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Making Isometric Social Real-Time Games with HTML5, CSS3, and JavaScript Paperback – Sep 10 2011


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Amazon.com: 4 reviews
34 of 41 people found the following review helpful
Not even good enough for beginners Nov. 27 2011
By D. Hayes - Published on Amazon.com
Format: Paperback Verified Purchase
Okay, so maybe I was expecting too much, but this book lost points on many fronts.

The book comes in at 135 pages, and most of it is code samples that you can find on the web. That's a bad sign. The book doesn't cover AMD (Asynchronous Module Definition) frameworks, such as RequireJS which enables the programmer to split a large JavaScript application into multiple files that can be combined at a later date. Bad sign #2. Throughout the code samples, the author uses setTimeout and setInterval instead of the more CPU-friendly requestAnimationFrame which has many other benefits. That's #3. Even though the word "social" is in the title, the author mostly covers the sign-up flow for registering an application with Facebook, rather than focusing on common problems a developer might encounter when developing for the platform.

At first, I thought that maybe this book could be classified as a beginner's book... but then I got to thinking. Why teach beginners bad practices from the start? Why not introduce a bit of real-world complexity from the beginning and provide solutions and the pros and cons for each, with pointers towards resources that might encourage research?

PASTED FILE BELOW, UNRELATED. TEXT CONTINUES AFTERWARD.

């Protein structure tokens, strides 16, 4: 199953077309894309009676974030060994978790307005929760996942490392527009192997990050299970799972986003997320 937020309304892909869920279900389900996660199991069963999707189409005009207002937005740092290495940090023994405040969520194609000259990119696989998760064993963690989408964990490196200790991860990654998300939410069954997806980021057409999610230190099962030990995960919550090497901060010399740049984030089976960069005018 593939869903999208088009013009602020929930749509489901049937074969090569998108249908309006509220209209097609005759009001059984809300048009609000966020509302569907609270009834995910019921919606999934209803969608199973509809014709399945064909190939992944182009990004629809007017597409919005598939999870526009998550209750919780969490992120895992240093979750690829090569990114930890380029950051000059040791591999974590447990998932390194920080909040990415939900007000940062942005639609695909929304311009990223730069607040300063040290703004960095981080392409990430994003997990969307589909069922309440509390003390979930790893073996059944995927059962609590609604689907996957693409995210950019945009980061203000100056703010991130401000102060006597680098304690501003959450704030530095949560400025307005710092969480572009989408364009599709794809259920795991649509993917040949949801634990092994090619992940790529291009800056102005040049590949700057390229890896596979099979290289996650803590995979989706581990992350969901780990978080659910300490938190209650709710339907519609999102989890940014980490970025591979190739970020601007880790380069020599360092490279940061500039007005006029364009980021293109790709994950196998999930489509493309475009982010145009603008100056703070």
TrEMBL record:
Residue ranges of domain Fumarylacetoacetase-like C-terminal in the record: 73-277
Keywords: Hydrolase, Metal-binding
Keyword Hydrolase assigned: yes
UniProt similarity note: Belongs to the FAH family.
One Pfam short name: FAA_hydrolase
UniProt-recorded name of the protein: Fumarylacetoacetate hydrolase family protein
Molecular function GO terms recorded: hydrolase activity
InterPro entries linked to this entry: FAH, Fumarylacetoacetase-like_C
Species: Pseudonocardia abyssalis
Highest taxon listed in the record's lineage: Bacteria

I know the tagline includes, "with HTML5, CSS3, and JavaScript", but how about a discussion of keeping client and server synced? What data structures would be helpful here? What kind of server platforms would a beginning developer use to host their hot new game? There's no mention of AppEngine, or Heroku, or EC2. What are the benefits of using MySQL over other SQL solutions? What about NoSQL?

There's no mention of NodeJS, or Couch, both JavaScript-centric server-side solutions that could encourage a beginning JavaScript programmer that there is a world for them beyond enhancing static web pages with jQuery.

I think we can provide better learning tools for those wanting to make games on the web. It's a great time to be a JS developer, but this book hides almost all of it.
8 of 9 people found the following review helpful
A great book with strong examples! Sept. 19 2011
By Swak - Published on Amazon.com
Format: Paperback Verified Purchase
At first when I received the book I jokingly compared it as the baby book of all the other programming giant's that cover my bookshelf. Later I day I found myself glued to the pages reading every given example and the Mario's step by step in understanding the examples. Honestly this book isn't for beginners and I feel you should have a general knowledge of game development before diving into these examples. This book helped me move from a hobbyist to an indie developer. He gives great knowledgeable answers on everything dealing with performance, cheating, and possible speed bumps that you may hit on the way of developing your own game. I have been interested in isometric development for years being a fan of simulation games, I am able to pursue some projects that I was stuck and I am even able to apply these techniques into action-script projects.
3 of 3 people found the following review helpful
Great Book - Good Intro and very interesting Jan. 8 2013
By Jerome Heuze - Published on Amazon.com
Format: Paperback Verified Purchase
I love to see a good application of HTML5 and Games.

Though - the social network aspect of the book could of been better.
6 of 9 people found the following review helpful
Fantastic Feb. 29 2012
By Steven Chennault - Published on Amazon.com
Format: Paperback Verified Purchase
This book is NOT for begginers. It is fantastic. Instead of spending 2/3 of the book with "these are functions, these are variables" it actually teaches some very very useful ways of interacting with the html canvas. I'm currently using it as a pseudo-guide while I assemble my first real rendering engine!


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